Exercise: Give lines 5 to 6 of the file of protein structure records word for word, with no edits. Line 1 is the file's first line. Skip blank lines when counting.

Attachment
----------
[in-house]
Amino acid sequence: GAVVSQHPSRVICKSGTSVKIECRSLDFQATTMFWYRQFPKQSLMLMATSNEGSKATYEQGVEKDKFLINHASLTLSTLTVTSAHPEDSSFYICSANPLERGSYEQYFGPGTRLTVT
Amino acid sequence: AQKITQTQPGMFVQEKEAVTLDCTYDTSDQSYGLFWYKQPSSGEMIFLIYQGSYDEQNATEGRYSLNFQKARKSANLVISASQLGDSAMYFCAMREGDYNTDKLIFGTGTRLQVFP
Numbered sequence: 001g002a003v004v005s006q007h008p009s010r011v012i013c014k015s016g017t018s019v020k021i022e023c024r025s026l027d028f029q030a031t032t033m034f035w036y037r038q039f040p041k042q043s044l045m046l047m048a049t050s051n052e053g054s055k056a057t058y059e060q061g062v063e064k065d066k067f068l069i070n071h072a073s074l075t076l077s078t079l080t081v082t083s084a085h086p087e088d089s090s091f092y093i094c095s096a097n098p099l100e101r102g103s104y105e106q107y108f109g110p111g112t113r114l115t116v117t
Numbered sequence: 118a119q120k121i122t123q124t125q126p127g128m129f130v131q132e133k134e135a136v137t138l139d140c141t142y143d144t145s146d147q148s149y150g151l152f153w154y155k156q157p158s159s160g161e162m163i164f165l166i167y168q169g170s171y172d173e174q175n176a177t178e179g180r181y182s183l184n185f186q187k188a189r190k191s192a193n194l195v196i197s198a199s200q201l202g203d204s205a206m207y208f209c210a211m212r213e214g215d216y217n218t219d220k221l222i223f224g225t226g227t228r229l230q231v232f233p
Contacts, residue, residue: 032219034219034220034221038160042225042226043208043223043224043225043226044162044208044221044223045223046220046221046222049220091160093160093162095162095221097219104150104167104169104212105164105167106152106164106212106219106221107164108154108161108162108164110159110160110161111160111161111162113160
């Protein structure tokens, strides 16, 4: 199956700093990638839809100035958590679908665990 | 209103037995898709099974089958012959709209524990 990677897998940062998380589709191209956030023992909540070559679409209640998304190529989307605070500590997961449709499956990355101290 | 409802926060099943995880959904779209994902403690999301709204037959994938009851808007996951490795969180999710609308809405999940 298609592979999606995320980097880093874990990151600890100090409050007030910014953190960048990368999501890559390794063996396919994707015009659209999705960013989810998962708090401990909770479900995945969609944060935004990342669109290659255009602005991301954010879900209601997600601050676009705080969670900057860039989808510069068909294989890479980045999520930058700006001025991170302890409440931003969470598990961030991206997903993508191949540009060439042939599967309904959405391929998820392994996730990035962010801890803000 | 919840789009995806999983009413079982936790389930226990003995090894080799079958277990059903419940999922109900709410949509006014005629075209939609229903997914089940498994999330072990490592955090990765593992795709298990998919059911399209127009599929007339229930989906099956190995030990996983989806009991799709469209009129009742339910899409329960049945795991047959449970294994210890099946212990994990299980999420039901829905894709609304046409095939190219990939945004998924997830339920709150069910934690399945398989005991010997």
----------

Numbered sequence: 118a119q120k121i122t123q124t125q126p127g128m129f130v131q132e133k134e135a136v137t138l139d140c141t142y143d144t145s146d147q148s149y150g151l152f153w154y155k156q157p158s159s160g161e162m163i164f165l166i167y168q169g170s171y172d173e174q175n176a177t178e179g180r181y182s183l184n185f186q187k188a189r190k191s192a193n194l195v196i197s198a199s200q201l202g203d204s205a206m207y208f209c210a211m212r213e214g215d216y217n218t219d220k221l222i223f224g225t226g227t228r229l230q231v232f233p
Contacts, residue, residue: 032219034219034220034221038160042225042226043208043223043224043225043226044162044208044221044223045223046220046221046222049220091160093160093162095162095221097219104150104167104169104212105164105167106152106164106212106219106221107164108154108161108162108164110159110160110161111160111161111162113160